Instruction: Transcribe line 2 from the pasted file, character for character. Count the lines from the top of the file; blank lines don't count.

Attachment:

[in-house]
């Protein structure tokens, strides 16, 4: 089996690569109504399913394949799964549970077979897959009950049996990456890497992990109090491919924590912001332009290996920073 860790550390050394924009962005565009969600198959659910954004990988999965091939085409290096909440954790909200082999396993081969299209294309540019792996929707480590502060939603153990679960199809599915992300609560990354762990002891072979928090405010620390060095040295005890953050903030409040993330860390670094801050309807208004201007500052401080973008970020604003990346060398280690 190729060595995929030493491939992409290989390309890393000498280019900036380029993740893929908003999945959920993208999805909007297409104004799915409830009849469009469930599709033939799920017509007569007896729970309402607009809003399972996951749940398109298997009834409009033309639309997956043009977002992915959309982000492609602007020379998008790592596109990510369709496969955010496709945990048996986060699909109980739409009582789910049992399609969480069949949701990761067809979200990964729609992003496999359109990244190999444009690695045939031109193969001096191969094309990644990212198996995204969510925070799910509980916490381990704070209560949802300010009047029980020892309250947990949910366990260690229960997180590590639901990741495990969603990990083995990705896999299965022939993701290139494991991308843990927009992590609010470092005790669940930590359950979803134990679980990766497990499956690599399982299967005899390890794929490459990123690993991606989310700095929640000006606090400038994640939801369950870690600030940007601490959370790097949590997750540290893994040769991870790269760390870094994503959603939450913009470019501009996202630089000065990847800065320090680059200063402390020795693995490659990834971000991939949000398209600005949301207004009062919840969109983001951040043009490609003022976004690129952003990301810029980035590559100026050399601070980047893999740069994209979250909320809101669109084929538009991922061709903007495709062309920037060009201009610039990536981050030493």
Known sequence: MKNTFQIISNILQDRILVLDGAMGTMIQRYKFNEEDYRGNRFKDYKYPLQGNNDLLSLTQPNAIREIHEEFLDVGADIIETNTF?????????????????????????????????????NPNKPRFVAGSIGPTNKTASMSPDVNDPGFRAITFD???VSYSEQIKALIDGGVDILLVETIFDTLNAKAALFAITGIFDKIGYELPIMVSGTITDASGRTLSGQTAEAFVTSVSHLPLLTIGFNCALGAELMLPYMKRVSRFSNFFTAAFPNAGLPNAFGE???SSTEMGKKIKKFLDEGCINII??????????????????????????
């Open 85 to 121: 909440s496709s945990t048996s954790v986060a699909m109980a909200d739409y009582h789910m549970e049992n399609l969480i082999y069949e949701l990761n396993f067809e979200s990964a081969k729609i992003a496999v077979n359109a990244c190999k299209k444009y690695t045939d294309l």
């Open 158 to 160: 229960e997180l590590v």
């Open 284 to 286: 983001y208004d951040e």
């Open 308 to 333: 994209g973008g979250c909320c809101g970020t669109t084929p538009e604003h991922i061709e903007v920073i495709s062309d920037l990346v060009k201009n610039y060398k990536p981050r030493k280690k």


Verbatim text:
């Protein structure tokens, strides 16, 4: 089996690569109504399913394949799964549970077979897959009950049996990456890497992990109090491919924590912001332009290996920073 860790550390050394924009962005565009969600198959659910954004990988999965091939085409290096909440954790909200082999396993081969299209294309540019792996929707480590502060939603153990679960199809599915992300609560990354762990002891072979928090405010620390060095040295005890953050903030409040993330860390670094801050309807208004201007500052401080973008970020604003990346060398280690 190729060595995929030493491939992409290989390309890393000498280019900036380029993740893929908003999945959920993208999805909007297409104004799915409830009849469009469930599709033939799920017509007569007896729970309402607009809003399972996951749940398109298997009834409009033309639309997956043009977002992915959309982000492609602007020379998008790592596109990510369709496969955010496709945990048996986060699909109980739409009582789910049992399609969480069949949701990761067809979200990964729609992003496999359109990244190999444009690695045939031109193969001096191969094309990644990212198996995204969510925070799910509980916490381990704070209560949802300010009047029980020892309250947990949910366990260690229960997180590590639901990741495990969603990990083995990705896999299965022939993701290139494991991308843990927009992590609010470092005790669940930590359950979803134990679980990766497990499956690599399982299967005899390890794929490459990123690993991606989310700095929640000006606090400038994640939801369950870690600030940007601490959370790097949590997750540290893994040769991870790269760390870094994503959603939450913009470019501009996202630089000065990847800065320090680059200063402390020795693995490659990834971000991939949000398209600005949301207004009062919840969109983001951040043009490609003022976004690129952003990301810029980035590559100026050399601070980047893999740069994209979250909320809101669109084929538009991922061709903007495709062309920037060009201009610039990536981050030493």